By Emma Fitzpatrick
The banks with the largest followings or highest engagement on social aren’t succeeding by chance. Their marketers know exactly what they’re doing.
By monitoring and mining social analytics, you can determine what content resonates most with your audience. While it’s always a best practice to analyze trends unique to your following, it takes time to unearth those insights.
Luckily, small changes in how you craft your social messages can also make a significant impact. Below, learn new tricks and tips to optimize the effectiveness of your social media content on Facebook, Twitter, and Instagram.
Note: Facebook graphs and insights are from Quicksprout’s 2016 analysis of more than 1 billion Facebook posts.
Say it in 10 words or less. Posts under 50 characters get the most interactions. In fact, engagement continues to drop as you add more characters. Keep your Facebook posts as short as you possibly can. Then, link to the rest.
Stick with what works. Looking for more engagement on your posts? Ask a question and include an image or video. This post type has the highest average number of interactions. To spice it up, work other successful content types into your editorial calendar (listed in order of effectiveness), such as questions, images, videos, links, giveaways and coupons.
Share more Instagram photos. When you post images on Facebook from Instagram, they get 23% more engagement. While it may seem counterintuitive to share the same content on multiple platforms, the data shows it works better than uploading images directly to Facebook.
Avoid hashtags. While you can add hashtags to Facebook posts, they actually hurt your engagement. Posts without hashtags received 34% more interactions. On Facebook, the hashtag feature isn’t native or intuitive. Instead, it seems to add to the noise.
Use the right kind of video. On Facebook, video trumps all. There is a caveat to this, though. Don’t post a YouTube link. The video won’t auto play, and users must leave Facebook to watch it. Data proves they don’t follow through. Instead, embed YouTube videos, or upload the raw video to Facebook for more shares, likes and comments.
Create customer advocates by responding to tweets. Monitoring and responding to customer tweets no doubt takes time. But, as more customers look to Twitter and other social networks for customer service, it’s time well spent. When you respond to customer service-related tweets, consumers are 44% more likely to share their experience and 30% more likely to recommend your brand.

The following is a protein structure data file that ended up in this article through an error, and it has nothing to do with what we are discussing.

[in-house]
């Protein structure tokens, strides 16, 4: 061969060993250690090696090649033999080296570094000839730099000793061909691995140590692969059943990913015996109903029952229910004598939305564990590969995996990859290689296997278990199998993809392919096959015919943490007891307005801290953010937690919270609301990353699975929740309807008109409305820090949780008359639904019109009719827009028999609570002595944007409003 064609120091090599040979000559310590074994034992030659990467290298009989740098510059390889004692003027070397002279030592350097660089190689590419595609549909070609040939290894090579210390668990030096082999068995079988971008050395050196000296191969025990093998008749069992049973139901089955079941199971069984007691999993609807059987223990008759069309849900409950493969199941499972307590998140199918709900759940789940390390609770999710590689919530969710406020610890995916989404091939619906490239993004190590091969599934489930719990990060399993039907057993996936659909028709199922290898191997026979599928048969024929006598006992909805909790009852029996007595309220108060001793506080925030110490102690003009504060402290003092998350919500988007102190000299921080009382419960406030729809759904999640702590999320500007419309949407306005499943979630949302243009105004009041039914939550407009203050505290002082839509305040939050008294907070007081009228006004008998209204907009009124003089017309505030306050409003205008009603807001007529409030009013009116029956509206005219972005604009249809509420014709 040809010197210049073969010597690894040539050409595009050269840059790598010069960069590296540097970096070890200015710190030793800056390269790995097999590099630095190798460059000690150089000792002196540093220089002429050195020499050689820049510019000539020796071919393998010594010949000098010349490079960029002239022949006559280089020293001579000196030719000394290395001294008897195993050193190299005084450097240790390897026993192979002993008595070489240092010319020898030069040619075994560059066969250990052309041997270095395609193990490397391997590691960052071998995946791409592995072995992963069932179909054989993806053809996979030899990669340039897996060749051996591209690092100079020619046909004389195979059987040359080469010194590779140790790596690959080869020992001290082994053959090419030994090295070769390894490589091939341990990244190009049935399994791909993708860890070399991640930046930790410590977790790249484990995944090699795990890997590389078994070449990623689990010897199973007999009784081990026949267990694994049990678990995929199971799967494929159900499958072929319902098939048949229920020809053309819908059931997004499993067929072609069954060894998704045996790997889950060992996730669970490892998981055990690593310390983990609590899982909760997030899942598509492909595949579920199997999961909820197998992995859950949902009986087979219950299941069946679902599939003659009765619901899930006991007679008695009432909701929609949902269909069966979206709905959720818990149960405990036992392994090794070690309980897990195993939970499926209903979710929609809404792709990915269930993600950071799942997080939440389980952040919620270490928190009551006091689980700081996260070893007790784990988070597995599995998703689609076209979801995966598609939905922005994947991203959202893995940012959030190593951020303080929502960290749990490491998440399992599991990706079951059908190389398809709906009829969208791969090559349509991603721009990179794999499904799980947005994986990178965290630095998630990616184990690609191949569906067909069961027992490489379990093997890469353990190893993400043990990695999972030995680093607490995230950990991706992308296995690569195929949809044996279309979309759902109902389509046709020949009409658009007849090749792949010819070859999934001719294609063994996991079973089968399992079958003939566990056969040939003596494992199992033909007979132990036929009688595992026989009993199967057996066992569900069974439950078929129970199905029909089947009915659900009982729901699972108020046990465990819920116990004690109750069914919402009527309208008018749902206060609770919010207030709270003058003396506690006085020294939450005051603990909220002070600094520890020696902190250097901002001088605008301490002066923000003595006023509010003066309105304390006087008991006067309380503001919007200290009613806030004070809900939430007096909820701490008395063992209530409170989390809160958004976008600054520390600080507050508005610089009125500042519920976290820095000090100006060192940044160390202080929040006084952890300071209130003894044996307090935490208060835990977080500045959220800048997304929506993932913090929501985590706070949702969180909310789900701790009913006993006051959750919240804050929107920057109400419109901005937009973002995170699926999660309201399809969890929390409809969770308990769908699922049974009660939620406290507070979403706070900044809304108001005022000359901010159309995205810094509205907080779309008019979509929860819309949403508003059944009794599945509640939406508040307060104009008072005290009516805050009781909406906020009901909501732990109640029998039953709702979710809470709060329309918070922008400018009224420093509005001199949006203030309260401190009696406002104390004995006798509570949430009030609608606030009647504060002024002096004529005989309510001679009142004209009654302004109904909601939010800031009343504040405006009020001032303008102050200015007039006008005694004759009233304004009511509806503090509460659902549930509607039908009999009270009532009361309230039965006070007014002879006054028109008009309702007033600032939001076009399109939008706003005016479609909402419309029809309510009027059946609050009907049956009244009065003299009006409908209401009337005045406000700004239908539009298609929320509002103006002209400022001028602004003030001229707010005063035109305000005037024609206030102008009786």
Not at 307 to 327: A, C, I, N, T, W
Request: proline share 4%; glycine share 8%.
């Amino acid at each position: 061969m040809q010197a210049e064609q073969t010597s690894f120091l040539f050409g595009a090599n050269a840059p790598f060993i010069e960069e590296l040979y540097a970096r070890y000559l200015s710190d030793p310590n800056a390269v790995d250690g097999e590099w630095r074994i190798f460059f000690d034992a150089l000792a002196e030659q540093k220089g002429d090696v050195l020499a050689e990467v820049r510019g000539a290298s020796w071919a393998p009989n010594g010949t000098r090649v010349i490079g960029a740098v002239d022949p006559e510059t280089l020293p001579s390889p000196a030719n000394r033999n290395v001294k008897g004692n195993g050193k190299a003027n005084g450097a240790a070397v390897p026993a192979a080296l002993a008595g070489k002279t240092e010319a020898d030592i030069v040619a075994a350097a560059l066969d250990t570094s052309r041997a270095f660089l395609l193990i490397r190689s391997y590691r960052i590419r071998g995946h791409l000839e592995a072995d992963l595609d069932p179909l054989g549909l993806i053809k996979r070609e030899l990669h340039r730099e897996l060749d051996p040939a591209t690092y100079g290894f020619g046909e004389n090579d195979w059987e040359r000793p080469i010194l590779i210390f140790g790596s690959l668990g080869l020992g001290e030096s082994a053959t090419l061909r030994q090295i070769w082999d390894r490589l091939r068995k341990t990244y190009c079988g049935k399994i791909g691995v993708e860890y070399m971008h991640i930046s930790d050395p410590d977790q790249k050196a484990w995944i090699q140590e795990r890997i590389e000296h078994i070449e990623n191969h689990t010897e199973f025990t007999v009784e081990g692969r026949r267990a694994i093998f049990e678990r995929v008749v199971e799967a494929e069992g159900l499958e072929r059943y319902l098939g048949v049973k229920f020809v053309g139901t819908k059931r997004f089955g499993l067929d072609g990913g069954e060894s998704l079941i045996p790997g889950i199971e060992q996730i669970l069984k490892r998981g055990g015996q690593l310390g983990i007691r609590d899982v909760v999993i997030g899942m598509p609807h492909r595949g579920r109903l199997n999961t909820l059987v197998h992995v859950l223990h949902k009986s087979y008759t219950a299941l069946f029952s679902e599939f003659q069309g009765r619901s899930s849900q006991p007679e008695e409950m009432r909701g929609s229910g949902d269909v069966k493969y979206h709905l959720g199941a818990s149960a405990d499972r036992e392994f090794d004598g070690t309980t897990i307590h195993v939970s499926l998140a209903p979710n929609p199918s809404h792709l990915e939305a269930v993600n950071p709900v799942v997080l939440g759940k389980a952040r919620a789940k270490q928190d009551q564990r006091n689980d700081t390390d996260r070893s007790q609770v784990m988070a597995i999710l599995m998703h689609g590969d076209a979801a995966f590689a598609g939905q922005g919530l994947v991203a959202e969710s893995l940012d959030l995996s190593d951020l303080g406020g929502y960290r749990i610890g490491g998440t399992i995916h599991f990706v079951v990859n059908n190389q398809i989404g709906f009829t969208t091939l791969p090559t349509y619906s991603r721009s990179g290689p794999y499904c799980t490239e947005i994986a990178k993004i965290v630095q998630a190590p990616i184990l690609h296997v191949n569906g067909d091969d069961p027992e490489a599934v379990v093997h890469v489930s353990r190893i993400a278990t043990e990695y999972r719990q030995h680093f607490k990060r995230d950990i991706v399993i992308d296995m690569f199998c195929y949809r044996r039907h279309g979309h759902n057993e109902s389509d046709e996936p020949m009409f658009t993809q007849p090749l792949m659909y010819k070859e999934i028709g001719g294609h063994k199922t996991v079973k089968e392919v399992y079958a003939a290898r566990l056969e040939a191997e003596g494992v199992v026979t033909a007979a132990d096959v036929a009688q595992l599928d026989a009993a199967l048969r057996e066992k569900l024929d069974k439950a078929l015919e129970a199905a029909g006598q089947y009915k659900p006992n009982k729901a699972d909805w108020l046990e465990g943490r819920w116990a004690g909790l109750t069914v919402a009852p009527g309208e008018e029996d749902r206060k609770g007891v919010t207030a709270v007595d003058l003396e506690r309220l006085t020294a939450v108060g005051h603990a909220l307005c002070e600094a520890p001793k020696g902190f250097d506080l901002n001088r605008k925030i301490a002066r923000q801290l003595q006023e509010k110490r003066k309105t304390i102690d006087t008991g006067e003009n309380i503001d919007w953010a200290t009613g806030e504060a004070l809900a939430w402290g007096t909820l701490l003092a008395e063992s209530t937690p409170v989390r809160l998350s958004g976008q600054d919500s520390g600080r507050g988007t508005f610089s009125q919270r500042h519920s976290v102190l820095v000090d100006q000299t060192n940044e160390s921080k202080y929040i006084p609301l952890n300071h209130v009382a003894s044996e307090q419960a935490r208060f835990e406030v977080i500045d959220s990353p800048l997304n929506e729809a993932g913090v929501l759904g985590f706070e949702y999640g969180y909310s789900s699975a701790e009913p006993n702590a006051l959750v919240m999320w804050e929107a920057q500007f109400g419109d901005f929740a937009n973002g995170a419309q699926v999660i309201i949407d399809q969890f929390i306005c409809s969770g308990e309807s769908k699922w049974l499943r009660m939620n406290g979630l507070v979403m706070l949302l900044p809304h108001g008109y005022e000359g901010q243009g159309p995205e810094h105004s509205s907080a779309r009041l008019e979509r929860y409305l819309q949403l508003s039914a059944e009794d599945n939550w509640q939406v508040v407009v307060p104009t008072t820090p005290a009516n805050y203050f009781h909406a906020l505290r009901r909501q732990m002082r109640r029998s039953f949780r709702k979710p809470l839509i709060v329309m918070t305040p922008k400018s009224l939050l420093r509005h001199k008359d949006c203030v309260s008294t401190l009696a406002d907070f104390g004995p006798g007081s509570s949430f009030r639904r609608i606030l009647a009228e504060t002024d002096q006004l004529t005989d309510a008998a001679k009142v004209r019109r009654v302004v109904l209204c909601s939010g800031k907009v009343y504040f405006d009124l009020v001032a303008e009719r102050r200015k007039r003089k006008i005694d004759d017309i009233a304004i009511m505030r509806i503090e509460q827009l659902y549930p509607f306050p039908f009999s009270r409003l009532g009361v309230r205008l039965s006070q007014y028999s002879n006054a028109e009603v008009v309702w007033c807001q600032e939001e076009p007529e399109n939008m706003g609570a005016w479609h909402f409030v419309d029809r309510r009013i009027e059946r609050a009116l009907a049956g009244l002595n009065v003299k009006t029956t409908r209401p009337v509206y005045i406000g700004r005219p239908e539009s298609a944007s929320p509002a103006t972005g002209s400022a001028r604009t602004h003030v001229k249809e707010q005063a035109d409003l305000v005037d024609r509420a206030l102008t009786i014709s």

Post early in the morning for more clicks. Tweets published between 6:00 and 7:00 a.m. garner the most clicks, on average. If your focus is B2B, posts during the weekdays get 14% more engagement, found Argyle Social. If you’re B2C, post on the weekends for 17% more engagement.
Count the characters. If your tweet includes an image, keep your copy between 20 and 40 characters. You’ll get 58% more engagement than longer tweets. If you don’t have a picture, you have more wiggle room! Then, tweets between 120 and 140 get 77% more engagement than shorter tweets.
Think blue. Images with blue as the dominant color get 24% more likes than those that are red. Speaking of which, it’s better to have one dominant color rather than multiple colors competing. Those single-color images get 17% more likes.
Find the filter. Filters that add warm temperatures, higher contrast and increased exposure increase views and comments. But upping the saturation doesn’t help, and filters that create a vintage effect result in fewer comments. When picking an Instagram filter, your best choices are Mayfair, Rise, Ludwig, Lo-fi, Valencia, Hefe and Nashville.
Energize with emojis. On Instagram, the picture says it all. That’s why emojis work so well on this platform. On your captions, include the heart, sparkle, painting pallet, music notes or raising hands emoji for more engagement.
Emma Fitzpatrick is a Philly-based freelance writer and marketer, whose specialties include content marketing, social marketing and short, snappy writing. Pick her brain at firstname.lastname@example.org.
Online training in digital, mobile and social media from ABA.